Craig DiLouie

Lighting Columnist

Craig DiLouie, a lighting industry journalist, analyst and marketing consultant, is principal of ZING Communications. He can be reached at www.zinginc.com.

Articles by Craig DiLouie

November 2011
Lighting designers have a responsibility to provide lighting systems that deliver visual comfort, which goes beyond simple visibility by addressing issues such as glare. READ MORE
October 2011
Lighting design begins with identifying the lighting needs for the space and then deciding what surfaces you want to light and at what intensities. Once you make these decisions, you can begin selecting equipment. A typical lighting system includes the light source; ballast or driver, if the source needs one; lighting fixture; and controls. The light source is at the heart of this system. READ MORE
October 2011
A high-quality lighting solution for office workers could be to use suspended direct/indirect lighting with fixtures mounted over workstations and a downlight component of the fixture that is individually dimmable by the user. Multiple research studies have linked these choices with comfort and satisfaction. READ MORE
September 2011
The Energy Independence and Security Act of 2007 created new efficiency standards for 40–100-watt (W) incandescent general-service lamps, along with an uproar. As of Jan. 1, 2012, 100W lamps must be 30 percent more efficient, or they will be prohibited from manufacture or import. Jan. 1, 2013 is the deadline for 75W lamps; and Jan. 1, 2014 targets 40 and 60W lamps. READ MORE
August 2011
Dimming offers greater flexibility for lighting systems, providing users with more control over their lighting conditions to support visual needs and enabling energy management strategies that can reduce energy costs. Traditionally limited to high-end commercial building applications, such as conference rooms and private offices, dimming is now being implemented throughout buildings. READ MORE
August 2011
As with other types of lighting, energy codes and legislation are influencing high-intensity discharge (HID) lighting—high-pressure sodium (HPS), metal halide (MH), and mercury vapor—in this era of regulated efficiency. The Energy Policy Act of 2005 eliminated mercury-vapor ballasts—with specialty ballasts allowed by later legislation—encouraging a switch to HPS or white light. READ MORE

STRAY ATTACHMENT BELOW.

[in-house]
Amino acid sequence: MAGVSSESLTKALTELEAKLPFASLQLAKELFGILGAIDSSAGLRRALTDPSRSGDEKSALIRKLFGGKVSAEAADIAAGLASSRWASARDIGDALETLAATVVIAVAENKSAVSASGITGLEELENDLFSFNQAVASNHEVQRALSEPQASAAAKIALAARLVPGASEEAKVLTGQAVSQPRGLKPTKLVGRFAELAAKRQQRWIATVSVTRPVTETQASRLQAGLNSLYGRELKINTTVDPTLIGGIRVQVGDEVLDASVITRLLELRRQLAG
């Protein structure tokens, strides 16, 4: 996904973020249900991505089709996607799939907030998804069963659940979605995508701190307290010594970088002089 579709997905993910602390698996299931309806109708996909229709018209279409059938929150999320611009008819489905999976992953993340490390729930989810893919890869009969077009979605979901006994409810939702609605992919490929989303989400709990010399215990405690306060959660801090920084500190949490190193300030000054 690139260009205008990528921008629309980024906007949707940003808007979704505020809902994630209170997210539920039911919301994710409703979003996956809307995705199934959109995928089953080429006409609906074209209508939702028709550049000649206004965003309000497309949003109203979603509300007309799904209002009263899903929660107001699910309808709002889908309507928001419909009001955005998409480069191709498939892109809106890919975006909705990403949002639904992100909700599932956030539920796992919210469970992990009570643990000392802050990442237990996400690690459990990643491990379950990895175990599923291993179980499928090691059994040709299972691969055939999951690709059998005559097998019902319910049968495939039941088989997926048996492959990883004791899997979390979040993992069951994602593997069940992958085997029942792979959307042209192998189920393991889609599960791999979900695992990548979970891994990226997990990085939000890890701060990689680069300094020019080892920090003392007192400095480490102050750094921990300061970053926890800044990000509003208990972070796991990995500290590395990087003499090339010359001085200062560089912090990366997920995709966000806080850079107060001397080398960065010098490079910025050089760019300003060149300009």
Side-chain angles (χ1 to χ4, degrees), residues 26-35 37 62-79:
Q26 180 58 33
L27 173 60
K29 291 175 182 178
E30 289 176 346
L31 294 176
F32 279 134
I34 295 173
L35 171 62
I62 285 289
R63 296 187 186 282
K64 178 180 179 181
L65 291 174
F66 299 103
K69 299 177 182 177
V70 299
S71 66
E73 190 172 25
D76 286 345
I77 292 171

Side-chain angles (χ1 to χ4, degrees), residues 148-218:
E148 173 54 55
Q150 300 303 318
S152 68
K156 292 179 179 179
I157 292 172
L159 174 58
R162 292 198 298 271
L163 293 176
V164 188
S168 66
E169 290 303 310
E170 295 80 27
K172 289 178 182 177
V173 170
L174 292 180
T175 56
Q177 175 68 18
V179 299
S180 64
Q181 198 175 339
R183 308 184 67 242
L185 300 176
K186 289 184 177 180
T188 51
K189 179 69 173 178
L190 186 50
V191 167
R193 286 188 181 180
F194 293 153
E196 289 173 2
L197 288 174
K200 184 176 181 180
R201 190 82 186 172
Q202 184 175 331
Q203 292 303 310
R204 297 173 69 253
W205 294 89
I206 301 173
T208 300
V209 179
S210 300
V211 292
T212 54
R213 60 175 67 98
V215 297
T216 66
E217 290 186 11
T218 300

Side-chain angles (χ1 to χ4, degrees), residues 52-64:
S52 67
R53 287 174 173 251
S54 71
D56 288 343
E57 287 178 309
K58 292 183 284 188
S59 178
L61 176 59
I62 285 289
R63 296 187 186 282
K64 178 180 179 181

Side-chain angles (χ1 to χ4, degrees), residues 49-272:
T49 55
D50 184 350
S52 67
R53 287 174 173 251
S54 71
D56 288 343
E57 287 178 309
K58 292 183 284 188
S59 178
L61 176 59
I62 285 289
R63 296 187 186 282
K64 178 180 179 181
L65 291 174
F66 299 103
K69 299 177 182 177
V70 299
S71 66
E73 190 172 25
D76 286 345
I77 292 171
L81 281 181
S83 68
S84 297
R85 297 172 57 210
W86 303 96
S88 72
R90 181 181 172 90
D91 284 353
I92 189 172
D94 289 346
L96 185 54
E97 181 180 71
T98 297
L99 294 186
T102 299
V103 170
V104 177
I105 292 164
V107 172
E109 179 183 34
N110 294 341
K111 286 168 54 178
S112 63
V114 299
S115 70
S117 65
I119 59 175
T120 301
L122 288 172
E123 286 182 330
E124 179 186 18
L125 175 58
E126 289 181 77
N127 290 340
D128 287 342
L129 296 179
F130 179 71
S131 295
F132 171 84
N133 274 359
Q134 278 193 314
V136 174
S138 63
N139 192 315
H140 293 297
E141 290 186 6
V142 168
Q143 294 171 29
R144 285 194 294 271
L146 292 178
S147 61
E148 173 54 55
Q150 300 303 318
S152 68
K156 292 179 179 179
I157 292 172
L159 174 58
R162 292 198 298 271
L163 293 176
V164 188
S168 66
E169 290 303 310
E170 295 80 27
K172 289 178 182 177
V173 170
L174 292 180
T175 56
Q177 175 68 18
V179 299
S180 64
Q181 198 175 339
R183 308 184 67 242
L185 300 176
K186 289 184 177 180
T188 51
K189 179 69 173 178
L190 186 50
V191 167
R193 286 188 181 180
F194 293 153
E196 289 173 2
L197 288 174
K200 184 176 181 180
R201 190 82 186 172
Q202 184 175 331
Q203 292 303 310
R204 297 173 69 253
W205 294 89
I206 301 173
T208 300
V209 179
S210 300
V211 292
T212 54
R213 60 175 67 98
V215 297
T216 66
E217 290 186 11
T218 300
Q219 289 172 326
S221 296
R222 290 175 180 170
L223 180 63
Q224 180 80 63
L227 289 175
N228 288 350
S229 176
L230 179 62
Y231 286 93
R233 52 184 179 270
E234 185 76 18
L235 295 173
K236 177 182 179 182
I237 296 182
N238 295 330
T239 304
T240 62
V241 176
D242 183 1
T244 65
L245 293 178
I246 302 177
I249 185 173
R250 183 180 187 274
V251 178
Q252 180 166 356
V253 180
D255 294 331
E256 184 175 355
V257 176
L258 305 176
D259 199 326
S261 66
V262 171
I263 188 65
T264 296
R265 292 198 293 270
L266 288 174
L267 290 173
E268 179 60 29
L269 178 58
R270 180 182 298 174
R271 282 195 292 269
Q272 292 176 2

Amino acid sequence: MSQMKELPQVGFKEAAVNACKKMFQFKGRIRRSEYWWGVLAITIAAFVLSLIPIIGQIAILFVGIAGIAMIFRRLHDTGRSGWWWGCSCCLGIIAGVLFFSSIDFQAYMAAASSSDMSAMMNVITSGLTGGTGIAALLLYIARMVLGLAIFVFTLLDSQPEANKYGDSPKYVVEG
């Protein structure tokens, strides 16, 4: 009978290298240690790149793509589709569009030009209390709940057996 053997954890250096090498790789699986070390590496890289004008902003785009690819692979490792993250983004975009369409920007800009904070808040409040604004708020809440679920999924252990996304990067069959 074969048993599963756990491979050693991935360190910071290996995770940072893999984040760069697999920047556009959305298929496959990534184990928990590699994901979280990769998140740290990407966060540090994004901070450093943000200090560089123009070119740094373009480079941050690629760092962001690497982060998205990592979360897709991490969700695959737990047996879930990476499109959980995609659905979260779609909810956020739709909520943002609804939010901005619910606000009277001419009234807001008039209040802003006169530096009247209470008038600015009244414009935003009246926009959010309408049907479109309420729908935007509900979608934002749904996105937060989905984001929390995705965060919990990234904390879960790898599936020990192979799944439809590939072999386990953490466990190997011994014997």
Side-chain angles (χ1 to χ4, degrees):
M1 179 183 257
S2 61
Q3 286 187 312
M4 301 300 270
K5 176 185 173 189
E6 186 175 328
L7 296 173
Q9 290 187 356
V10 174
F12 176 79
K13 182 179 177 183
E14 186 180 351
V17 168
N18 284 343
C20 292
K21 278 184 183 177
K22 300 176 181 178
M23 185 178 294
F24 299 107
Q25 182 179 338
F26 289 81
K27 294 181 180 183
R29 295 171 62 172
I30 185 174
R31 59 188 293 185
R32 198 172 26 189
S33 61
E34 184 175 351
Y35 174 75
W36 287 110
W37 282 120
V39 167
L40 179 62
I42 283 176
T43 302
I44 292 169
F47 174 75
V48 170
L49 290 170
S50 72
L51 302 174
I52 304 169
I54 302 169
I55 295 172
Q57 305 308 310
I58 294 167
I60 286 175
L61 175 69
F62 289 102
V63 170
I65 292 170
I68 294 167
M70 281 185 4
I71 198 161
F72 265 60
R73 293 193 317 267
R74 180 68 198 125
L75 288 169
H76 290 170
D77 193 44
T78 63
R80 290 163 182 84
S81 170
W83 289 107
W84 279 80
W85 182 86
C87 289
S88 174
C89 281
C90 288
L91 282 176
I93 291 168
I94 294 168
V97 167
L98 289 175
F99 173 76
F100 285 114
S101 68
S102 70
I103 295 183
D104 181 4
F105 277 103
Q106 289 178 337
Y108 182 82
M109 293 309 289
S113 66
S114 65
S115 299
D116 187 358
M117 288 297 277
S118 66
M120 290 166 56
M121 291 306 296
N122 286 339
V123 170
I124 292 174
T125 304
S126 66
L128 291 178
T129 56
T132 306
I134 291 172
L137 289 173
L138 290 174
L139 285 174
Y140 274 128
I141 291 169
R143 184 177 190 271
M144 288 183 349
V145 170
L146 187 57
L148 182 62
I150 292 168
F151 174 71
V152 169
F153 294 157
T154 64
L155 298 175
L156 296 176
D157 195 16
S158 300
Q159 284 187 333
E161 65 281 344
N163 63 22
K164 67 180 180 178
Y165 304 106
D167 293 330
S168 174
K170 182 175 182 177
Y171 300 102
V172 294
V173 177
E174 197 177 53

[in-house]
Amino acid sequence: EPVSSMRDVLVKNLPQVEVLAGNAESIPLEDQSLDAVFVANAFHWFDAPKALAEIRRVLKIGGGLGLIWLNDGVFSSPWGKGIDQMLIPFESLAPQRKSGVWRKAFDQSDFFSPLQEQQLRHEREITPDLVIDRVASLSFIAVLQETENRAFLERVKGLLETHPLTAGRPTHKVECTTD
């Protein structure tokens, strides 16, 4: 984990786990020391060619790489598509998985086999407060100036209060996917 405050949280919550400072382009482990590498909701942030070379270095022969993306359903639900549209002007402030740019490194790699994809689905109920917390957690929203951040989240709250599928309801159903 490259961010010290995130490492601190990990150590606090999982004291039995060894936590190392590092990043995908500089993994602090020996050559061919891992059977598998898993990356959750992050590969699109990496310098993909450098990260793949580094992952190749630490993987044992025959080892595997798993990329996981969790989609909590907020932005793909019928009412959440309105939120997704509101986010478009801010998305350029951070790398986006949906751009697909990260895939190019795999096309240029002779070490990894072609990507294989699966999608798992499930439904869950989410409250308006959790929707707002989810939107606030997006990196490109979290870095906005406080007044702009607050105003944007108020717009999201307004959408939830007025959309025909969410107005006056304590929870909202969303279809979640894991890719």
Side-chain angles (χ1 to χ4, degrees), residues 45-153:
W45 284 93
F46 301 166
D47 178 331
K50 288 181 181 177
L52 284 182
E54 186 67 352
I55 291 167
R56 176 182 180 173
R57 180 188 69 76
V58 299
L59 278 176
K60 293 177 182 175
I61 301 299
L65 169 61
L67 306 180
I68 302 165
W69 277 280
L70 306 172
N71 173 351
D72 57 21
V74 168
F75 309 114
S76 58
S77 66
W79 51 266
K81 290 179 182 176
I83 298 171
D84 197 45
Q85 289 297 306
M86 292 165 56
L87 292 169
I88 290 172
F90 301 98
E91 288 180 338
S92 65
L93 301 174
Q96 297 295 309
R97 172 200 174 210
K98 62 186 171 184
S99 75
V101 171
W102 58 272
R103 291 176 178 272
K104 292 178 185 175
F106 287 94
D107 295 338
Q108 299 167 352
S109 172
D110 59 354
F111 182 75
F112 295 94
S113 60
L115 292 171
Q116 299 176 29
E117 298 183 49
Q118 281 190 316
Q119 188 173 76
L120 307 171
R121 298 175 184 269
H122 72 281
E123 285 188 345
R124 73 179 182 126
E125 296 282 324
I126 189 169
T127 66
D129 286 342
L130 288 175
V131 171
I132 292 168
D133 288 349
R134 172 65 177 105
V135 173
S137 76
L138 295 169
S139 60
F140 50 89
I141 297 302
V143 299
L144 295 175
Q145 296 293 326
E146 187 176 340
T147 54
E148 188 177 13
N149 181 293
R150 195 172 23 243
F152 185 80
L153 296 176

July 2011
The LED revolution continues to promise many lighting benefits, such as compact size, energy efficiency, long service life with long mean time between failures, no mercury disposal, a resistance to shock and vibration, and no radiated heat or UV output. READ MORE
July 2011
Lighting fixtures are built around a given light source. In the case of LEDs, this task is more complex because LEDs are sensitive to heat and require special means to transfer it away. Additionally, the supporting optics and components are more sophisticated than simply wiring a socket to a ballast. As a result, high-performing LED fixtures are typically highly engineered lighting devices. READ MORE
July 2011
Light-emitting diode (LED) technology enables the lighting industry to reimagine the lighting fixture in bold new ways. Another approach is to design replacement sources for existing conventional fixtures as a way to save energy and gain other potential benefits, including long service life, long mean time between failures, reliable operation in colder temperatures, and resistance to vibration. READ MORE

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